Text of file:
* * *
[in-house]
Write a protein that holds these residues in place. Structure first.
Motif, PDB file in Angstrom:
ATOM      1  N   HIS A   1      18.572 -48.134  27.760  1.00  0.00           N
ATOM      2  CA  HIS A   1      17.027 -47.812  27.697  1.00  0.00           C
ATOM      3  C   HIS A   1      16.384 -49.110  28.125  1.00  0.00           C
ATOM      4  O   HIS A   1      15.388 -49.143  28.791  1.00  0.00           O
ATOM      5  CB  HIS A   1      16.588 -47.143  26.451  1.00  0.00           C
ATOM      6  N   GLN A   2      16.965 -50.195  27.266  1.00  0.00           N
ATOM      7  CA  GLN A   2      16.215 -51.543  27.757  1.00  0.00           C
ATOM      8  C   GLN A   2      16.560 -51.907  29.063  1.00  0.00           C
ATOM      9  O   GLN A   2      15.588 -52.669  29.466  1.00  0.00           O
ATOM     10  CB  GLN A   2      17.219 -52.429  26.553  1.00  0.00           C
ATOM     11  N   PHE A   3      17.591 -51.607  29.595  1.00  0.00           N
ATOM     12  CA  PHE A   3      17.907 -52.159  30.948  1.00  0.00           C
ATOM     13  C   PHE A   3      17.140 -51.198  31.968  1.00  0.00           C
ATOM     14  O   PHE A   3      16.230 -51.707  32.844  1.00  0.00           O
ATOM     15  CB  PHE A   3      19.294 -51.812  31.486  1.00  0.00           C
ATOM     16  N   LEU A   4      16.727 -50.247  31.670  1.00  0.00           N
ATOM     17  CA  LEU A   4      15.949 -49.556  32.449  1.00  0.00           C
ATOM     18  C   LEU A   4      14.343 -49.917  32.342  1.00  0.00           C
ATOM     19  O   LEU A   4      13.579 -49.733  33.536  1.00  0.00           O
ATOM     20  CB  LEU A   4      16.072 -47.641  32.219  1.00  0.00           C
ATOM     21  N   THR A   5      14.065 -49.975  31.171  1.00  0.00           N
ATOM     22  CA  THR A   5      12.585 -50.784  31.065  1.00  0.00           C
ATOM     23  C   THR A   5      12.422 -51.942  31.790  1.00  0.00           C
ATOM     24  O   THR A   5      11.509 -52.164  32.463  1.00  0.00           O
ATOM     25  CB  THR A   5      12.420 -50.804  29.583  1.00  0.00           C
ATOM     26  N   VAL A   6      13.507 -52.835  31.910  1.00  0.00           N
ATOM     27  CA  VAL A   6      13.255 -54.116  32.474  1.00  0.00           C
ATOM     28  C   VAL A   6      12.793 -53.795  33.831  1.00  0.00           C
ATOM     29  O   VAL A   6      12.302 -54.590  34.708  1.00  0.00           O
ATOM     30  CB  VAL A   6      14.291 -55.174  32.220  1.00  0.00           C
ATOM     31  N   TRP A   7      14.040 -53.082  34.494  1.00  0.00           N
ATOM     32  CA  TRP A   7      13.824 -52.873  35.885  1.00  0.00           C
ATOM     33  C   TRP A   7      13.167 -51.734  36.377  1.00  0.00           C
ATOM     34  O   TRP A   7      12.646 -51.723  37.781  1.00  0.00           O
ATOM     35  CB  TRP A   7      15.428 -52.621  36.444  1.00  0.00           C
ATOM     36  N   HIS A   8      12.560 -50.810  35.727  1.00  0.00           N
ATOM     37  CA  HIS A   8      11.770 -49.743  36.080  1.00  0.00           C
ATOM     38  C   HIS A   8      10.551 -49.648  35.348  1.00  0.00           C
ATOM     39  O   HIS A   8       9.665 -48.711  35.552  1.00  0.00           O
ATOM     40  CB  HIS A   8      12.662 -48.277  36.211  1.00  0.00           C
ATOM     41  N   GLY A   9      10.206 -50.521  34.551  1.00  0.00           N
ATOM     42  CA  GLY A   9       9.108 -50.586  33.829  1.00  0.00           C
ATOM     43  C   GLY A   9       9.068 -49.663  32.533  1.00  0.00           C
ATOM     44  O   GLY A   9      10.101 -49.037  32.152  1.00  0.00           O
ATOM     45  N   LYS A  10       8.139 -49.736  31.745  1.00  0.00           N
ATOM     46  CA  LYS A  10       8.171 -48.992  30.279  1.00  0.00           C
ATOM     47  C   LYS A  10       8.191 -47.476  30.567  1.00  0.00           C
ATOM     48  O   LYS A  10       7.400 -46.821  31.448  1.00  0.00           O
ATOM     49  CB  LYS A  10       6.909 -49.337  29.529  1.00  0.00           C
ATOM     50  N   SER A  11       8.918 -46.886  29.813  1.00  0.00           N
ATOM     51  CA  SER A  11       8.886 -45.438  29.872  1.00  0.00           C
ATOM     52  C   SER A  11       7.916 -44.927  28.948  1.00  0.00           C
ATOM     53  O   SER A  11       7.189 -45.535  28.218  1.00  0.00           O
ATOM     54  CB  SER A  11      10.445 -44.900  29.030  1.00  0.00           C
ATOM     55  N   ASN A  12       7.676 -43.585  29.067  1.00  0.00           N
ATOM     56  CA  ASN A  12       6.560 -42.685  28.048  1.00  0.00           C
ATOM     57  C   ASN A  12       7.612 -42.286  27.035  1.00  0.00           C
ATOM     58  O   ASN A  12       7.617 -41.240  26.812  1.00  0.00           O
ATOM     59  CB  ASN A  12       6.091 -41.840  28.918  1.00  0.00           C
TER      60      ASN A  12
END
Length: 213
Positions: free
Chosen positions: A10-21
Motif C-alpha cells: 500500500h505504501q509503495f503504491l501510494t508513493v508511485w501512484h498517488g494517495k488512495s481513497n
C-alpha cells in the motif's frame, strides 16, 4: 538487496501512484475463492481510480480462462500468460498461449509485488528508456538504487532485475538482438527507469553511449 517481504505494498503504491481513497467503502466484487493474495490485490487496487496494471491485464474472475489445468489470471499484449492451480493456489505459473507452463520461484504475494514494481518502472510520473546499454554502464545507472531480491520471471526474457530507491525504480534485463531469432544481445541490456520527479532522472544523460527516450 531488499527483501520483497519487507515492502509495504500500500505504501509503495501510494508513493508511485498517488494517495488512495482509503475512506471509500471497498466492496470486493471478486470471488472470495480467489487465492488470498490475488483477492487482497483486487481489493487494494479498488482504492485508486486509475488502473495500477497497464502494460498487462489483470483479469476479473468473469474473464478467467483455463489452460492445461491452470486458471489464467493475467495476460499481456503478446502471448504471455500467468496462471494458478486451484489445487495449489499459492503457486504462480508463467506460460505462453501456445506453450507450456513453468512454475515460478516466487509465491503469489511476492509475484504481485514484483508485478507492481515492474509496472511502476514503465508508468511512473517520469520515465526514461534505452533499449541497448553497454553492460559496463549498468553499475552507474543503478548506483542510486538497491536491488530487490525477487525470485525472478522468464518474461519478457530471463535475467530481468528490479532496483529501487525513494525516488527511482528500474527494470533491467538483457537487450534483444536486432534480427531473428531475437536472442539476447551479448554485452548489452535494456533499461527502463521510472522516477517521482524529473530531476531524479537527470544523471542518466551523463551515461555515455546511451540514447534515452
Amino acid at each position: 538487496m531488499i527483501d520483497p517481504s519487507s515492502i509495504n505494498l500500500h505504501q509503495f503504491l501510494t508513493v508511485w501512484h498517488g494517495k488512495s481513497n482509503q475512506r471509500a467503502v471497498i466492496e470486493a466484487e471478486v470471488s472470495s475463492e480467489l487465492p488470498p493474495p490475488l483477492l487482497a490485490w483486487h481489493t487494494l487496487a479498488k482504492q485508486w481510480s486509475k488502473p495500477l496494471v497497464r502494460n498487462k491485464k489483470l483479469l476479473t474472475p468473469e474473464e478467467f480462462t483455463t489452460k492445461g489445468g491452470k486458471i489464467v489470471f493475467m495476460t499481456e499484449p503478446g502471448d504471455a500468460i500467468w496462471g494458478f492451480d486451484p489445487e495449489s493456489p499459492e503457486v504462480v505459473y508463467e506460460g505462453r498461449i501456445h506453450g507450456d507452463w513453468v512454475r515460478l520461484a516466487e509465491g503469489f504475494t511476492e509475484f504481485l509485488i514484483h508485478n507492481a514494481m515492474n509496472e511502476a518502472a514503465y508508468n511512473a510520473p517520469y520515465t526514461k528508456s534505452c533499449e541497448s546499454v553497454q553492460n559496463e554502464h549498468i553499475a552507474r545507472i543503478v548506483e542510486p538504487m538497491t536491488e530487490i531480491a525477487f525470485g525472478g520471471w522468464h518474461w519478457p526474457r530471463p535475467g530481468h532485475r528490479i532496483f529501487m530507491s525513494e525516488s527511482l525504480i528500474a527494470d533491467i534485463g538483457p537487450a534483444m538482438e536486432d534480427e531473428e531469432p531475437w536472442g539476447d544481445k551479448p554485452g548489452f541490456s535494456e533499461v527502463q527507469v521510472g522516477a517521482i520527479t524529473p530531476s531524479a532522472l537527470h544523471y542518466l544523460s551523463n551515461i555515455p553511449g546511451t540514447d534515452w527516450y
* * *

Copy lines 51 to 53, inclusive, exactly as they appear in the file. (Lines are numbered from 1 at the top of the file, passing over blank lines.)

ATOM     48  O   LYS A  10       7.400 -46.821  31.448  1.00  0.00           O
ATOM     49  CB  LYS A  10       6.909 -49.337  29.529  1.00  0.00           C
ATOM     50  N   SER A  11       8.918 -46.886  29.813  1.00  0.00           N